The South African wine industry’s partnership with the World Wide Fund for Nature (WWF), the world’s most recognisable name in global conservation, has the potential to substantially grow the country’s wines’ international and local footprint as the demand for sustainable (agriculture) products increases.
According to Shelly Fuller, WWF South Africa’s programme manager for the portfolio of sustainable fruit and wine projects, consumers and retailers worldwide are showing an interest in and a growing demand for sustainably farmed produce.
This demand is being fast-tracked by certain countries’ drafting legislation aimed at ensuring their importers focus on sourcing goods from countries championing sustainable and regenerative farming practices, particularly those that drive a shift towards renewable energy interventions and improved water security measures.
“For example, the EU recently announced an economic recovery package that includes a carbon tax on imports from countries not meeting certain requirements regarding carbon emissions and sustainability,” says Fuller.
“This EU regulation, which comes into effect in 2023, is but one example of the new trend to so-called ‘green protectionism’ whereby countries aim to guard their economies against imports by seeking strict sustainable guarantees from other nations wanting to export to these countries.”
Here the partnership between the WWF and the South African wine industry – through the WWF Conservation Champions programme – is set to play an increasingly important role. This unique wine initiative underscores the local industry’s commitment to conservation, the close relationship between wine farmers and their natural environment, and the indigenous natural setting where the country’s wines are made.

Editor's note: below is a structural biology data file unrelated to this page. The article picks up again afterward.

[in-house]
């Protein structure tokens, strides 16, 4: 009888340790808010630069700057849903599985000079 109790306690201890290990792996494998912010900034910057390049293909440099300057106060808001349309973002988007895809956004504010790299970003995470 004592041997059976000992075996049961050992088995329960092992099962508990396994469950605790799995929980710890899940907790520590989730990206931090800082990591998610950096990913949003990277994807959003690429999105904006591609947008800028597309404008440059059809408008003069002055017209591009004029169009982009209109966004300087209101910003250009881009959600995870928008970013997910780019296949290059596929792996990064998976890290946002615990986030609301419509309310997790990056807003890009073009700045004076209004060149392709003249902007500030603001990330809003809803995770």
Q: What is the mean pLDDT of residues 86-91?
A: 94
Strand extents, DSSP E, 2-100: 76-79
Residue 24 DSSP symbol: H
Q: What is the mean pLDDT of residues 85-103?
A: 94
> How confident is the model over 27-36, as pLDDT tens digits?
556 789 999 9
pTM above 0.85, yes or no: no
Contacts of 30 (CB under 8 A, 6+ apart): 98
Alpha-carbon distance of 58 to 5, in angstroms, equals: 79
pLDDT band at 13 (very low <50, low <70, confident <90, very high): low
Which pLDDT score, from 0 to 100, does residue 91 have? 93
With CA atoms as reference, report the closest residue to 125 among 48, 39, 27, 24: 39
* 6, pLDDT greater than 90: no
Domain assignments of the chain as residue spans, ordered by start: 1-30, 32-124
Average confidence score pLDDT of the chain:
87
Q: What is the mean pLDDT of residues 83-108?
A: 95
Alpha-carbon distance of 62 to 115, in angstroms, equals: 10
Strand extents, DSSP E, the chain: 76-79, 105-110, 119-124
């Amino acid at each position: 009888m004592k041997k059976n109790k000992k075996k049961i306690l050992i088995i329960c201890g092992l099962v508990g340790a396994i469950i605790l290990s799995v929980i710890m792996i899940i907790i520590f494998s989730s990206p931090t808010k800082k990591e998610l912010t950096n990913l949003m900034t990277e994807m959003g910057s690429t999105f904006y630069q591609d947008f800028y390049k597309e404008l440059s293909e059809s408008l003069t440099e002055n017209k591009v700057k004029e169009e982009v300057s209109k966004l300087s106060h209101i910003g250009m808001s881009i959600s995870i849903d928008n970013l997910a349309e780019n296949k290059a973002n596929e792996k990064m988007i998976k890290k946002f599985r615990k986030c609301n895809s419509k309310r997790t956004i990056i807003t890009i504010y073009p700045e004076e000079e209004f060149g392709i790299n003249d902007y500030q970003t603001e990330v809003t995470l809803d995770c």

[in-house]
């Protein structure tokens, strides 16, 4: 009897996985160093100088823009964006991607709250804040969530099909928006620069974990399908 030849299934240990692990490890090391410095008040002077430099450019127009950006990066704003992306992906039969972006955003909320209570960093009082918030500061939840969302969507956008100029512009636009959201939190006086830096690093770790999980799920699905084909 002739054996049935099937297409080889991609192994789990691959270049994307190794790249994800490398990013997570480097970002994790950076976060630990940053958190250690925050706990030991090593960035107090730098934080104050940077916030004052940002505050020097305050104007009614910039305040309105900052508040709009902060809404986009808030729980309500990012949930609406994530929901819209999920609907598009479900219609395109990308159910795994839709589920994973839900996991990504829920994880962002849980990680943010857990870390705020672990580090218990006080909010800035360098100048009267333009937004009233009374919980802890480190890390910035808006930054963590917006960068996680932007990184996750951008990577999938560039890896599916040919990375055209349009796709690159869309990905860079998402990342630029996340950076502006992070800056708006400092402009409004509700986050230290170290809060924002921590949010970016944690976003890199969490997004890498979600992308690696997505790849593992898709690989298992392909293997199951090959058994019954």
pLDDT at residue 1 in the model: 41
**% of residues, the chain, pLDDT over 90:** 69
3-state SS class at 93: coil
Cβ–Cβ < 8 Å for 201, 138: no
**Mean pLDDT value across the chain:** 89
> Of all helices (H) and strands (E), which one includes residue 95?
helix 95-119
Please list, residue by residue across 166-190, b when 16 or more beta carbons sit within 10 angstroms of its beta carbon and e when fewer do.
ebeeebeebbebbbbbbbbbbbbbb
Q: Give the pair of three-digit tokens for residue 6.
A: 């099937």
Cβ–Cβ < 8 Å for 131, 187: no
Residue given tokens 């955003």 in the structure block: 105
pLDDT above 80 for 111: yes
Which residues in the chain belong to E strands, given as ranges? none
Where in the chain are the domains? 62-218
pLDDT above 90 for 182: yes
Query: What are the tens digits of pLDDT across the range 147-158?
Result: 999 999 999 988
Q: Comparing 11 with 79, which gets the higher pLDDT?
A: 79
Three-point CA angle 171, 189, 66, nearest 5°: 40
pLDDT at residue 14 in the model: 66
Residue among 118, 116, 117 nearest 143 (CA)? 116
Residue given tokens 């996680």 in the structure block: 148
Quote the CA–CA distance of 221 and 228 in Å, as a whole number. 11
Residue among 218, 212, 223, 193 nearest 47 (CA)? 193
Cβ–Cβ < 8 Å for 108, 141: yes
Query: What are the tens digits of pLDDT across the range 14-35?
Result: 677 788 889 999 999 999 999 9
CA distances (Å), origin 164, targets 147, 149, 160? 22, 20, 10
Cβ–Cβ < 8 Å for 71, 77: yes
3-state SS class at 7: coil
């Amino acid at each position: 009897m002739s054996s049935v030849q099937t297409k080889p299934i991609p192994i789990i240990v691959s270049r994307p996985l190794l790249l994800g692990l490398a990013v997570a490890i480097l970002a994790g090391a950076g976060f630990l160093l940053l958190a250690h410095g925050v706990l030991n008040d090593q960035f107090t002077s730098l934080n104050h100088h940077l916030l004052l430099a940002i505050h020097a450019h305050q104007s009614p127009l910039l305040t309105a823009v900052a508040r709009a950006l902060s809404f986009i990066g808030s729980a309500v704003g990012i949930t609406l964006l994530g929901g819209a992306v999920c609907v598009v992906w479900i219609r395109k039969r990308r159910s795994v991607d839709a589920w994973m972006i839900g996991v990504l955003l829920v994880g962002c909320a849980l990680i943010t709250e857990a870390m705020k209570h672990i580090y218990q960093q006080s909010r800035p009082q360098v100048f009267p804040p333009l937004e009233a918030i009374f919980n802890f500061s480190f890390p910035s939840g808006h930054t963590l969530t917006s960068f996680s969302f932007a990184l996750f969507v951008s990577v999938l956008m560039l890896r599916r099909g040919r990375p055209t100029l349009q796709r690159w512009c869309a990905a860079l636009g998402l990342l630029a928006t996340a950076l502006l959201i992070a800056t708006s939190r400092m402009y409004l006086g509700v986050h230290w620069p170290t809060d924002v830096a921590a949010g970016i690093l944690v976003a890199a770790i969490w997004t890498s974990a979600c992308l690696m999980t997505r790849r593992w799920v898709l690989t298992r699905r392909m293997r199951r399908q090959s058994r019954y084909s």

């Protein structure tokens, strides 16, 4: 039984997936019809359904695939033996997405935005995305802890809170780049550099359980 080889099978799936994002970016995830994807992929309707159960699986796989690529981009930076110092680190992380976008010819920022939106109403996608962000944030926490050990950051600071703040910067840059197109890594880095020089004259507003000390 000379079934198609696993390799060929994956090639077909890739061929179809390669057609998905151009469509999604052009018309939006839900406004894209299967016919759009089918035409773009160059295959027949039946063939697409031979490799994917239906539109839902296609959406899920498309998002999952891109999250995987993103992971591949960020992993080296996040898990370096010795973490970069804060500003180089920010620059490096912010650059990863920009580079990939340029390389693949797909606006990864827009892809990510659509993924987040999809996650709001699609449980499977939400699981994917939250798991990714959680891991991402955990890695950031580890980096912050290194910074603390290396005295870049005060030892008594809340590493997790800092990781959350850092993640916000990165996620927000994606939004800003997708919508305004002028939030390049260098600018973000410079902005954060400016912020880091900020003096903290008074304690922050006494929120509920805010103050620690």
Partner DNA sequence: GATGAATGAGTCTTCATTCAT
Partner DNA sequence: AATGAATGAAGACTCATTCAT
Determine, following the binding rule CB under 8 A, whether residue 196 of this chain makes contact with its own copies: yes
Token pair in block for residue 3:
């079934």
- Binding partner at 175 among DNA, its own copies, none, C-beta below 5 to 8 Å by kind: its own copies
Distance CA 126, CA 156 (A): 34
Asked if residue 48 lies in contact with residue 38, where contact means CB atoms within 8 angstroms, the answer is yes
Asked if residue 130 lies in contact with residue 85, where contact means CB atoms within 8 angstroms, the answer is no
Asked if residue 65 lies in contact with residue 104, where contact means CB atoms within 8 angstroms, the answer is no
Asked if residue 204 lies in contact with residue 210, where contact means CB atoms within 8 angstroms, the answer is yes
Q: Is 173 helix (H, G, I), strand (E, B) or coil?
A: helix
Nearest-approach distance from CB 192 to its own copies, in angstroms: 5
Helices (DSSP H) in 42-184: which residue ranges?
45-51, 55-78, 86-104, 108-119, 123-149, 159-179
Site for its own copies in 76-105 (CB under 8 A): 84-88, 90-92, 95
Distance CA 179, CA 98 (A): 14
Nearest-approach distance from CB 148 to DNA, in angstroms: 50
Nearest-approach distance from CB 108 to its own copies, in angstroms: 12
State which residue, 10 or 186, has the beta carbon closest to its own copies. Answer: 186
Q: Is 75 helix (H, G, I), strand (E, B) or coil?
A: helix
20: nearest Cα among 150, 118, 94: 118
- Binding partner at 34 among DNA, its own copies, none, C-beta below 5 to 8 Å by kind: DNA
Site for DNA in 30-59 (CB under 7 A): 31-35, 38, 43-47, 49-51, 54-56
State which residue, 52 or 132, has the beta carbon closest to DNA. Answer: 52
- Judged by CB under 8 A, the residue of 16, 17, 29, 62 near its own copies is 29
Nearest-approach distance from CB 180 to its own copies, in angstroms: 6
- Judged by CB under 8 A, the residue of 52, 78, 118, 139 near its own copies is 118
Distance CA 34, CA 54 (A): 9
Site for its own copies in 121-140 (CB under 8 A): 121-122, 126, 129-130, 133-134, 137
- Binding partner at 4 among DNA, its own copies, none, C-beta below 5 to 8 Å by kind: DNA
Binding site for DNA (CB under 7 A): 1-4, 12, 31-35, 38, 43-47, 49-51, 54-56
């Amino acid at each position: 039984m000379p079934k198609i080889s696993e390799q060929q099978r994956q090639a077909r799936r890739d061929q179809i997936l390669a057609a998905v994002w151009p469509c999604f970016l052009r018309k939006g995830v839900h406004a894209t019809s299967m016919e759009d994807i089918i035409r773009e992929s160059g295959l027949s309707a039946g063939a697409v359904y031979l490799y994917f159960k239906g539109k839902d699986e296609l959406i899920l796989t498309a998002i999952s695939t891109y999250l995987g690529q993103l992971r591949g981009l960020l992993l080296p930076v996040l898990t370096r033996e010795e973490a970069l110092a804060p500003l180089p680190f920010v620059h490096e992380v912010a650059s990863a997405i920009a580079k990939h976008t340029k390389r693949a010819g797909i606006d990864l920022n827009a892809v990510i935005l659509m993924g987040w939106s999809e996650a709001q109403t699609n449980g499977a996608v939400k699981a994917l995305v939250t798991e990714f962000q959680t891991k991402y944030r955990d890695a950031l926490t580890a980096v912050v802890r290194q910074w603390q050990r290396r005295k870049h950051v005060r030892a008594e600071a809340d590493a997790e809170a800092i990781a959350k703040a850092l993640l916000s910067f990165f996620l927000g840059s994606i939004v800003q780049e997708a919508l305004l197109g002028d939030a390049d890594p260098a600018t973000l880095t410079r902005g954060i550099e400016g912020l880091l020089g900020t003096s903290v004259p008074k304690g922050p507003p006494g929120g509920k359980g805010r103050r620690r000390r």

Ethos of conservation
The WWF Conservation Champions, represented by 45 Cape wine farms, showcases the extraordinary measures local winegrowers have gone to protect and conserve the inimitable biodiverse natural habitat situated in and around their farms.
According to Fuller, the ethos of conservation among the wineland communities was formally established in 2004, and 16 years down the line the WWF Conservation Champions can rightfully position the South African wine industry as a world leader in not just wine, but in conservation and sustainability too.
“The programme was initially known as the Biodiversity and Wine Initiative (BWI), then largely funded by the wine industry and the South African Botanical Society,” she says. “Following 10 years of successful implementation but faced with limited resources in the wine community, and producers already levied to the hilt, the WWF decided in 2015 to restructure the programme and focus on driving continuous improvement and recognising the environmental leaders in the industry, known as the Conservation Champions.
“When I joined the WWF in 2014, the dedication to conserving the winelands’ incredible natural habitat – shown by wine farmers, industry bodies and the local communities – was truly inspiring. Thanks to the early pioneers of the BWI concept, which includes Wines of South Africa (Wosa), who market the Cape’s wines internationally, the WWF Conservation Champions project is today a model example of the vital role agricultural land-owners play in conserving the environment.
Farmers who are WWF Conservation Champions own some 45 000ha of land between them, of which 22 000ha is conserved as a pristine part of the world-famous Cape Floral Kingdom comprising fynbos and Karoo succulent plants. The 45 members work closely with the WWF in their conservation endeavours, undertaking annual assessments to ensure they meet the specifications required of a Conservation Champion. All Champions’ credentials are also underscored by South Africa’s Integrated Production of Wine certification (IPW), with these wineries having achieved 70% or more in their IPW audit.